The first results from the ExoMars mission — supported by the UK Space Agency (UKSA) — have revealed the effects of a massive dust storm on the Red Planet.
Over the last year the European Space Agency’s Trace Gas Orbiter (TGO) spacecraft monitored the storm and how the
increase in dust affected the water vapour in the Mars atmosphere.
However, it did not observe the presence of methane, adding to the mystery of why other missions (like the NASA Curiosity rover) reported localised concentrations of methane, which could indicate life.
ExoMars is a two-part mission; the TGO will be joined by the UK-built Rosalind Franklin rover in 2021.
Sue Horne, the UK Space Agency’s head of space exploration, said: “ExoMars embodies the best of UK and European space science and I am delighted that Britain is one of its biggest supporters. (www.gov.uk/government/organisations/uk-space-agency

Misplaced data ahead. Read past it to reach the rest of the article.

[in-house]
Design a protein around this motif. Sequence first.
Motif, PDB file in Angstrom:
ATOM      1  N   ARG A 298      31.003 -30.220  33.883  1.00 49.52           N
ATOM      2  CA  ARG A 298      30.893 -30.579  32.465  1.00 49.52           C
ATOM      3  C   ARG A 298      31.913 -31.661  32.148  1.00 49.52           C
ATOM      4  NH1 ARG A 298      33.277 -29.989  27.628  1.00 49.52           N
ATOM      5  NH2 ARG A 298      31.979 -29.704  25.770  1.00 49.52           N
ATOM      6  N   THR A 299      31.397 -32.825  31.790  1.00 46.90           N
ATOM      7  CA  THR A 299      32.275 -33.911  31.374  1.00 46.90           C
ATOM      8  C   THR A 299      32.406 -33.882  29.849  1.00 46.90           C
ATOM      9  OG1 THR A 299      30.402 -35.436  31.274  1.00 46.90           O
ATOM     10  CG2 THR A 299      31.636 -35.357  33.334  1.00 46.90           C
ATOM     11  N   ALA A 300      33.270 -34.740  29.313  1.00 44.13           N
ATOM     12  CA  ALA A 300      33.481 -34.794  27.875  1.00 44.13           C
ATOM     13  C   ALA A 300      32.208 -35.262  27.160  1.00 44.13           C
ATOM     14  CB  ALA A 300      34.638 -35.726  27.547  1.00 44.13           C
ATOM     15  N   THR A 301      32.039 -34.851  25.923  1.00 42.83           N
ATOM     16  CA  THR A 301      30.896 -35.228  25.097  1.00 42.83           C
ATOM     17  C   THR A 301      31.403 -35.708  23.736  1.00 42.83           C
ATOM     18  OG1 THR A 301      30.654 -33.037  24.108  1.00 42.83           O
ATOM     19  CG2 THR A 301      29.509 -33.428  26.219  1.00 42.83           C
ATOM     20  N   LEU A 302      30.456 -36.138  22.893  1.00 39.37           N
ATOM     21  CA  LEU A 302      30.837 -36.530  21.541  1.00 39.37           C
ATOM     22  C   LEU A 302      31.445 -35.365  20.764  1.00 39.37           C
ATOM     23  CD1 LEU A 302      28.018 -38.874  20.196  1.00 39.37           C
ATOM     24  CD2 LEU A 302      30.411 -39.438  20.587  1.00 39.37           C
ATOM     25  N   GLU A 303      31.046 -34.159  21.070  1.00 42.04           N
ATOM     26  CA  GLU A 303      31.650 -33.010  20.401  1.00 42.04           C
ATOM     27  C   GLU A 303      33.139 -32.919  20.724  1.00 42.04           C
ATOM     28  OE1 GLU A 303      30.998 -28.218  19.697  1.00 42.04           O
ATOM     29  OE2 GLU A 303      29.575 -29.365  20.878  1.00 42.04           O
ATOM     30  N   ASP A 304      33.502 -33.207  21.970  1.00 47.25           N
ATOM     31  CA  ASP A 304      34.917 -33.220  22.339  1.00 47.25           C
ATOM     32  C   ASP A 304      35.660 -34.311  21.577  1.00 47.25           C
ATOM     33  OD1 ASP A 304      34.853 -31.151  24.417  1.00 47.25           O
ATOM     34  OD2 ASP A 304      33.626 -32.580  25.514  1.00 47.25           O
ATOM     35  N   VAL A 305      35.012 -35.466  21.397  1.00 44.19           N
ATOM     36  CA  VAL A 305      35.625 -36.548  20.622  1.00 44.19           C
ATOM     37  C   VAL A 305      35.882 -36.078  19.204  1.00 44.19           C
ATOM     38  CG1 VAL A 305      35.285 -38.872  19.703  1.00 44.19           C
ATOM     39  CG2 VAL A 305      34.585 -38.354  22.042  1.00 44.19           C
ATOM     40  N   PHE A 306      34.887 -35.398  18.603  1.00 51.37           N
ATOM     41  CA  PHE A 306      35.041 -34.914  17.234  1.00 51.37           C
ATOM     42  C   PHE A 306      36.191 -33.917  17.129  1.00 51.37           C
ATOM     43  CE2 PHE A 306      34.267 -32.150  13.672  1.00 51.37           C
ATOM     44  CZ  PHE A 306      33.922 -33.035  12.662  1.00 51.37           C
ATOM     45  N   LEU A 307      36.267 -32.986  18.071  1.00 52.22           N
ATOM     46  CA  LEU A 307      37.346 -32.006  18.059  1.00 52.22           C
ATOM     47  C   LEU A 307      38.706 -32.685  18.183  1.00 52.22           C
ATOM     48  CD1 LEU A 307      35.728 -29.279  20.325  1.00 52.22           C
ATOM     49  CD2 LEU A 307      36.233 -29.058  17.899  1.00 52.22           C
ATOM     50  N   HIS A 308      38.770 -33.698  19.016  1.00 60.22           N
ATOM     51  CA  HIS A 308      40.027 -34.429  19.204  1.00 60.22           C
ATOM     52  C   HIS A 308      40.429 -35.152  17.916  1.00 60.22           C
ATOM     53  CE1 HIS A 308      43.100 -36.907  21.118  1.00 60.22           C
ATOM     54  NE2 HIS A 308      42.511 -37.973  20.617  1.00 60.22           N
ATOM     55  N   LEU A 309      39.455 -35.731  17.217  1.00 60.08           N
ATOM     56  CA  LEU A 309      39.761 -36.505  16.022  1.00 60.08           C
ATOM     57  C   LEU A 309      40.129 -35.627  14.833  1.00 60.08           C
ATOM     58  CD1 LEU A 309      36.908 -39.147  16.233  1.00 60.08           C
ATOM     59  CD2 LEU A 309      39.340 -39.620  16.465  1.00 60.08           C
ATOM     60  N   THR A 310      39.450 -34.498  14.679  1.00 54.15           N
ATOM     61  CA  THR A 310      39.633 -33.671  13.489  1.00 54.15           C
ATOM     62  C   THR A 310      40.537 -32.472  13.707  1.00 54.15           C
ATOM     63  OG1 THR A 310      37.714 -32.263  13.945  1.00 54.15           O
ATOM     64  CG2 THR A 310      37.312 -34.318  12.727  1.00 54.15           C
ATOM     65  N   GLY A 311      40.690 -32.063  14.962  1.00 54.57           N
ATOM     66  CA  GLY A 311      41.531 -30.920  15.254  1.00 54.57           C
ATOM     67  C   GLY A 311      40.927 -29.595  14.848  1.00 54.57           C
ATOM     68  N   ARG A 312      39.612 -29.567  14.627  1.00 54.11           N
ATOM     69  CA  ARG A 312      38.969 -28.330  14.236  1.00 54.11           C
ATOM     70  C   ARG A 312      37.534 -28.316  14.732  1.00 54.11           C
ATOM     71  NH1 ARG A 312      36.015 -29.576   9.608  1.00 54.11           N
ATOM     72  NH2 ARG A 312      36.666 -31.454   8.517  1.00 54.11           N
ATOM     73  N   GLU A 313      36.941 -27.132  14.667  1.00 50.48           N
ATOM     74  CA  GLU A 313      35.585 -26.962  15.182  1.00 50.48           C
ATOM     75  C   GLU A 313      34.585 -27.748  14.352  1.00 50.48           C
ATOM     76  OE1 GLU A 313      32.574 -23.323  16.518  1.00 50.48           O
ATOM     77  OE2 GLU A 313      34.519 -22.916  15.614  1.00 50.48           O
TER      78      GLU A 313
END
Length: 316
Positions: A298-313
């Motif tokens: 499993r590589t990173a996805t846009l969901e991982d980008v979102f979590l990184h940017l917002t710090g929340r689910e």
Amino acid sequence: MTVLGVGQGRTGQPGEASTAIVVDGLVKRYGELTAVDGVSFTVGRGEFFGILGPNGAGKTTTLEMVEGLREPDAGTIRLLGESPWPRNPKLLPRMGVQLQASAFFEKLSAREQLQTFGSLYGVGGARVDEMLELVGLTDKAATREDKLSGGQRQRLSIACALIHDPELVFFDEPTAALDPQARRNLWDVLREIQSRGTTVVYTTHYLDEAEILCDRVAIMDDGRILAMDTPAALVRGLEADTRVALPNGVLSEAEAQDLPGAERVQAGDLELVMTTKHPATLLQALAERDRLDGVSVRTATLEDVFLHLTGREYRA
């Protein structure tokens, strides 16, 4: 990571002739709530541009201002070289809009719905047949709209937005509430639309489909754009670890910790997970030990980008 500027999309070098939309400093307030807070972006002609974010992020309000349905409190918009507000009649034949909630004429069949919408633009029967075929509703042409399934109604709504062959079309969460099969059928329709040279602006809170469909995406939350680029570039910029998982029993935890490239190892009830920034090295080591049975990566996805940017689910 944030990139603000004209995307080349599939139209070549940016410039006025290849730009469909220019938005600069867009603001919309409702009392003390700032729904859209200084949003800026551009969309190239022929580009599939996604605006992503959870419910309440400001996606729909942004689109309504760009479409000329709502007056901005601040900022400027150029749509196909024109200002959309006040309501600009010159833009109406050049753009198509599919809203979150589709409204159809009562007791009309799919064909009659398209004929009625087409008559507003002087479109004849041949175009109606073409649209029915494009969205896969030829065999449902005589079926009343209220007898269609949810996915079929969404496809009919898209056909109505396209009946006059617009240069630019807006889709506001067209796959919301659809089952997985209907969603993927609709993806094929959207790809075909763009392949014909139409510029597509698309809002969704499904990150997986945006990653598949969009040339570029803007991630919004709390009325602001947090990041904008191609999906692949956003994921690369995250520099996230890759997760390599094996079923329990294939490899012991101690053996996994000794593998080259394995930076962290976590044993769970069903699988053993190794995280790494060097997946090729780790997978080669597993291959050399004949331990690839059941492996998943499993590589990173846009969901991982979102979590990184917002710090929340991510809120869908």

“This data release is the first of many on our mission to unearth the mysteries of the Red Planet.
“The results both answer questions and raise new ones, paving the way for more exciting discoveries from the Rosalind Franklin rover.”
Dr Manish Patel at the Open University, who led the UK design input for the TGO’s spectrometer system said: “The measurements we have made are very surprising.
"The methane previously detected by Earth-based telescopes, the ESA Mars Express spacecraft and the NASA Curiosity rover seems to have disappeared.
"Mars continues to confound us — the only way these results make sense with previous observations is if there is a new mechanism in the atmosphere, removing the methane at a rate far faster than thought possible.
“As always, Mars provides us with another mystery to solve.”